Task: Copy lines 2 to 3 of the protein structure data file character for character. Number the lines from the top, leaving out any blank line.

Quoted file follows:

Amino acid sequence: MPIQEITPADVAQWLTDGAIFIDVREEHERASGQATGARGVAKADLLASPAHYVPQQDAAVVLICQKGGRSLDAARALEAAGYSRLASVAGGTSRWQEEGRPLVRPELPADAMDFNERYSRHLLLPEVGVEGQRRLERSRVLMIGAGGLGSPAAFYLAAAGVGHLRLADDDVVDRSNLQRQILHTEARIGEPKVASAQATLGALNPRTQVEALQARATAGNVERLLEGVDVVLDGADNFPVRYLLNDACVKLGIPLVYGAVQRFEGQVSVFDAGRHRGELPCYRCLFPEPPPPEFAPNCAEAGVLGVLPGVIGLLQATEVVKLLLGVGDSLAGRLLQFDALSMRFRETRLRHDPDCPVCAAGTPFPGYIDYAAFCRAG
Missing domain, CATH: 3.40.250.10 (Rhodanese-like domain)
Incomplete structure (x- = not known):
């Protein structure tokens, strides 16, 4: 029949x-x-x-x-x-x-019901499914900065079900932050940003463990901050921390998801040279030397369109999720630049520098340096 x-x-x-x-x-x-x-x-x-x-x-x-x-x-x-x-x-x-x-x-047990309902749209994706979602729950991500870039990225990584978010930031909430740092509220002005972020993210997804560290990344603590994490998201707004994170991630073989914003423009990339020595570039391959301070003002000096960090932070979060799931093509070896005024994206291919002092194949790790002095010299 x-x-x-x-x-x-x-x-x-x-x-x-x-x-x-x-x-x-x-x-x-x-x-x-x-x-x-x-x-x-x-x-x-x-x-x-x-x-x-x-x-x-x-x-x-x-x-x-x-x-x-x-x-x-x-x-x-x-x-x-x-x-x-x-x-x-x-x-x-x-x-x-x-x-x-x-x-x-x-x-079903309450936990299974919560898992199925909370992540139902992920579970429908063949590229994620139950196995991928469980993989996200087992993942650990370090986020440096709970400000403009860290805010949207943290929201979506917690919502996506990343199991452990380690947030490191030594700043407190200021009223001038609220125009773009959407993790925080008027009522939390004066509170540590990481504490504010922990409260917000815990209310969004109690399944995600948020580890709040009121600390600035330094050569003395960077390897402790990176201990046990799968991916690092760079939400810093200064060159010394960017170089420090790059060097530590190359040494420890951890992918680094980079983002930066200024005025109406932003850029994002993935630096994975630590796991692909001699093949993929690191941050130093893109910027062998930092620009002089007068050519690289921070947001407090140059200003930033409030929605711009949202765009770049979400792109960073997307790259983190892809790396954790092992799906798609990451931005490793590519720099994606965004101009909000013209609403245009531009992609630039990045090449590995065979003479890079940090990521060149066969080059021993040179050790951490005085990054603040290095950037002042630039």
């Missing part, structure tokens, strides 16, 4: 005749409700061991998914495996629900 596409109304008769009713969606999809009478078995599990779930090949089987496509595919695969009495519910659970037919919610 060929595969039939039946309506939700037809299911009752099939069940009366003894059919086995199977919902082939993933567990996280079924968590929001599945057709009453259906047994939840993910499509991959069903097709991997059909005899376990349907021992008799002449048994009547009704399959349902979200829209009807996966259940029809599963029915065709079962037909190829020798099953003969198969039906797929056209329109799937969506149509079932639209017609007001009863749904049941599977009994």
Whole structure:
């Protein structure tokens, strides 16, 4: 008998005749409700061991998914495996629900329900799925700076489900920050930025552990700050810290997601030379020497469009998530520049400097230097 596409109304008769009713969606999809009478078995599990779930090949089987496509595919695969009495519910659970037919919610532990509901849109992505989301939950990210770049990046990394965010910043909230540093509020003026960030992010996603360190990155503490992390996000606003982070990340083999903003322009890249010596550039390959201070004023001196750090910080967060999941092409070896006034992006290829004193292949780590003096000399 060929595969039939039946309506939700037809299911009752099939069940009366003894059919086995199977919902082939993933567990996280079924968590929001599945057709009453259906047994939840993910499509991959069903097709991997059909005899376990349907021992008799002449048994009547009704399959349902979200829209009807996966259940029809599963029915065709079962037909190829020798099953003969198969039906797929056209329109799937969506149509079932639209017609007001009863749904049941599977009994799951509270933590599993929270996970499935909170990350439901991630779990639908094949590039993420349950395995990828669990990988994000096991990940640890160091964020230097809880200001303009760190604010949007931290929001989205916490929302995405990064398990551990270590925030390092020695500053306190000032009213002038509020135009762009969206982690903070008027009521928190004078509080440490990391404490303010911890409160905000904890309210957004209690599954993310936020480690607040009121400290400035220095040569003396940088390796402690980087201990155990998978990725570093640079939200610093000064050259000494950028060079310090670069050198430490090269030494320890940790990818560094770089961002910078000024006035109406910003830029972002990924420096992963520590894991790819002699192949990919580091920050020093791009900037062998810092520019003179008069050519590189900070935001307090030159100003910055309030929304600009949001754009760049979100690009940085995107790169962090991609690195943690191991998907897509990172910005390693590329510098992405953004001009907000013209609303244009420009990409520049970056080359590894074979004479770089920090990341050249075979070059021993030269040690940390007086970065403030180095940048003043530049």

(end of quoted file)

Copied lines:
Missing domain, CATH: 3.40.250.10 (Rhodanese-like domain)
Incomplete structure (x- = not known):